Ajith Nivard Cabraal, the governor of the bank, told reporters that he has seen a $300 million drop in remittances in just the last month and added that officials will work with local banks to ease and fast-track the cash inflows.
Cabraal was referring to informal channels commonly knows as Hawala systems that work outside the normal banking network for international and domestic money transfers.
Cabraal said he does not want the rupee, which has slumped 7% against the dollar this year, to depreciate any further.
Sri Lanka's foreign currency reserves dropped to $2.3 billion at the end of October, with the coronavirus pandemic hitting both tourism and remittances. The country needs about $4.5 billion to service its sovereign bonds in 2022, according to Finance Ministry data.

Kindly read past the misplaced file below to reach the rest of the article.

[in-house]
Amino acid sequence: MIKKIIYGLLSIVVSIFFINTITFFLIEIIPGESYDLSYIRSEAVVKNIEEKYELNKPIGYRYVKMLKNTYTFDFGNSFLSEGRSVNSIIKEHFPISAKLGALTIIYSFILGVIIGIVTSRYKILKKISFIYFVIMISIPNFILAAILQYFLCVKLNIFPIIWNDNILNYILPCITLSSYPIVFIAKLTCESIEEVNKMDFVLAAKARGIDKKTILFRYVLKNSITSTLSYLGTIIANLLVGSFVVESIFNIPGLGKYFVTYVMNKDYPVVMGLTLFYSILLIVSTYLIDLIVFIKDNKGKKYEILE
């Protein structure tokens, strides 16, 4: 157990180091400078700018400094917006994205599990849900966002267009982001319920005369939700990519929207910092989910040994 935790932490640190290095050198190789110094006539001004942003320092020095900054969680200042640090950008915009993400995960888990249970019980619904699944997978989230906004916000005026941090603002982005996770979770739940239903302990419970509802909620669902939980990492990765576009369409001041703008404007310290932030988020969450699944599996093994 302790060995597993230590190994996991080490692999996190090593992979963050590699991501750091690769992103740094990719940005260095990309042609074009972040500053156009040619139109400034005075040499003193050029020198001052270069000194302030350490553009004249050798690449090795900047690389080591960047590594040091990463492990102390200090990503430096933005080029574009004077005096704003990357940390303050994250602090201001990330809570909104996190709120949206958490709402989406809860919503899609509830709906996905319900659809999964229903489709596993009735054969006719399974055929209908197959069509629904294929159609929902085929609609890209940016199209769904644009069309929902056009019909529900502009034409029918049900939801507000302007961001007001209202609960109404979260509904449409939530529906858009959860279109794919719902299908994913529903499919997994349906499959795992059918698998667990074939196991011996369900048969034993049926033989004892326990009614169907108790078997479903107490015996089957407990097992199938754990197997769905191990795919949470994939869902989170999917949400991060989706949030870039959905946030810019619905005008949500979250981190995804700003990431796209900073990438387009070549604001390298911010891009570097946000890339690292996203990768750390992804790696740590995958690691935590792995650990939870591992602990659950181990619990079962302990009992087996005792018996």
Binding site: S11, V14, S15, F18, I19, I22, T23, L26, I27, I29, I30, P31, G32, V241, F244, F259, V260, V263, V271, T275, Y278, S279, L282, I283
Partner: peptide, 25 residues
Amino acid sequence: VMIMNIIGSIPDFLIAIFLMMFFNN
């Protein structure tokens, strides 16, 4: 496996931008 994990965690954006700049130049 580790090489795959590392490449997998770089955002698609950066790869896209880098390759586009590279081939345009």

Earlier this month Cabraal told Reuters that Sri Lanka aims to shore up its shrinking reserves over the next few months from a range of sources including bilateral swaps, government-to-government loans and the securitisation of remittances to bolster investor sentiment and ensure timely debt servicing.
However economist say the central bank's moves to encourage migrant workers to remit funds using formal channels is unlikely to fix the country's precarious financial position.
(Writing by Rupam Jain, Editing by Shri Navaratnam)
By Uditha Jayasinghe